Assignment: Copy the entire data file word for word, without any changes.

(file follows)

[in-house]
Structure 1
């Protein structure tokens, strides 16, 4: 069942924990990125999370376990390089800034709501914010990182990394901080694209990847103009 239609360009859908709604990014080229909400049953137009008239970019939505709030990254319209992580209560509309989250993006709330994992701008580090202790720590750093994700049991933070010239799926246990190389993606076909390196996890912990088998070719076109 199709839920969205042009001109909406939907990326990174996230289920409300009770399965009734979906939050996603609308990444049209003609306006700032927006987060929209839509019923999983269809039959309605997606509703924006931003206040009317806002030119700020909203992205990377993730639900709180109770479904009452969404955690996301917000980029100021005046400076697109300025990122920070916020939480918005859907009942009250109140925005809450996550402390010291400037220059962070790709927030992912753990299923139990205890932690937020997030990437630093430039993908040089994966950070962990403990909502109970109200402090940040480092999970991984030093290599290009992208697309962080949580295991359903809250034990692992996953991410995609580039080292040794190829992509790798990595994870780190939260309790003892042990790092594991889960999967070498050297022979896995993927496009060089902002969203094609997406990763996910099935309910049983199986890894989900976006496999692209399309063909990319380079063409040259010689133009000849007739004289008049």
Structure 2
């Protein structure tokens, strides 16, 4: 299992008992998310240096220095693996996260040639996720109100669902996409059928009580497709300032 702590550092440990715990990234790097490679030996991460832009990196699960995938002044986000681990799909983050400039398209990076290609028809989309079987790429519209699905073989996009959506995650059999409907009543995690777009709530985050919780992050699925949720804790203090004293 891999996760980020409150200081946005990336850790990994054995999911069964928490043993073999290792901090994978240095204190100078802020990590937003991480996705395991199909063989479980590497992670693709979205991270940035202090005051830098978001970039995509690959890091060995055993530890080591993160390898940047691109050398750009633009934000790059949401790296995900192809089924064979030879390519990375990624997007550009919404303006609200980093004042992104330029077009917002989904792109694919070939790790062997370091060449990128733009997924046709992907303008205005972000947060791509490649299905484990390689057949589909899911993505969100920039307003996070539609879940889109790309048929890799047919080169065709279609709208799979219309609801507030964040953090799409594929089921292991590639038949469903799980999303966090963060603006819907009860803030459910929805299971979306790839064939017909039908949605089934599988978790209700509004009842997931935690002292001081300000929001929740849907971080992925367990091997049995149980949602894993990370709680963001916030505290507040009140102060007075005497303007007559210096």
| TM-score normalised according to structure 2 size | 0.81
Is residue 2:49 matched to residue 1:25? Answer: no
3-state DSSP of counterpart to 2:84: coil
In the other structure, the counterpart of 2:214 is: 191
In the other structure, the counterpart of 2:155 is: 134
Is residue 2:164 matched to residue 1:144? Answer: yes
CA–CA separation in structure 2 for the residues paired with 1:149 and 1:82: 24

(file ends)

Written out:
[in-house]
Structure 1
């Protein structure tokens, strides 16, 4: 069942924990990125999370376990390089800034709501914010990182990394901080694209990847103009 239609360009859908709604990014080229909400049953137009008239970019939505709030990254319209992580209560509309989250993006709330994992701008580090202790720590750093994700049991933070010239799926246990190389993606076909390196996890912990088998070719076109 199709839920969205042009001109909406939907990326990174996230289920409300009770399965009734979906939050996603609308990444049209003609306006700032927006987060929209839509019923999983269809039959309605997606509703924006931003206040009317806002030119700020909203992205990377993730639900709180109770479904009452969404955690996301917000980029100021005046400076697109300025990122920070916020939480918005859907009942009250109140925005809450996550402390010291400037220059962070790709927030992912753990299923139990205890932690937020997030990437630093430039993908040089994966950070962990403990909502109970109200402090940040480092999970991984030093290599290009992208697309962080949580295991359903809250034990692992996953991410995609580039080292040794190829992509790798990595994870780190939260309790003892042990790092594991889960999967070498050297022979896995993927496009060089902002969203094609997406990763996910099935309910049983199986890894989900976006496999692209399309063909990319380079063409040259010689133009000849007739004289008049």
Structure 2
């Protein structure tokens, strides 16, 4: 299992008992998310240096220095693996996260040639996720109100669902996409059928009580497709300032 702590550092440990715990990234790097490679030996991460832009990196699960995938002044986000681990799909983050400039398209990076290609028809989309079987790429519209699905073989996009959506995650059999409907009543995690777009709530985050919780992050699925949720804790203090004293 891999996760980020409150200081946005990336850790990994054995999911069964928490043993073999290792901090994978240095204190100078802020990590937003991480996705395991199909063989479980590497992670693709979205991270940035202090005051830098978001970039995509690959890091060995055993530890080591993160390898940047691109050398750009633009934000790059949401790296995900192809089924064979030879390519990375990624997007550009919404303006609200980093004042992104330029077009917002989904792109694919070939790790062997370091060449990128733009997924046709992907303008205005972000947060791509490649299905484990390689057949589909899911993505969100920039307003996070539609879940889109790309048929890799047919080169065709279609709208799979219309609801507030964040953090799409594929089921292991590639038949469903799980999303966090963060603006819907009860803030459910929805299971979306790839064939017909039908949605089934599988978790209700509004009842997931935690002292001081300000929001929740849907971080992925367990091997049995149980949602894993990370709680963001916030505290507040009140102060007075005497303007007559210096």
| TM-score normalised according to structure 2 size | 0.81
Is residue 2:49 matched to residue 1:25? Answer: no
3-state DSSP of counterpart to 2:84: coil
In the other structure, the counterpart of 2:214 is: 191
In the other structure, the counterpart of 2:155 is: 134
Is residue 2:164 matched to residue 1:144? Answer: yes
CA–CA separation in structure 2 for the residues paired with 1:149 and 1:82: 24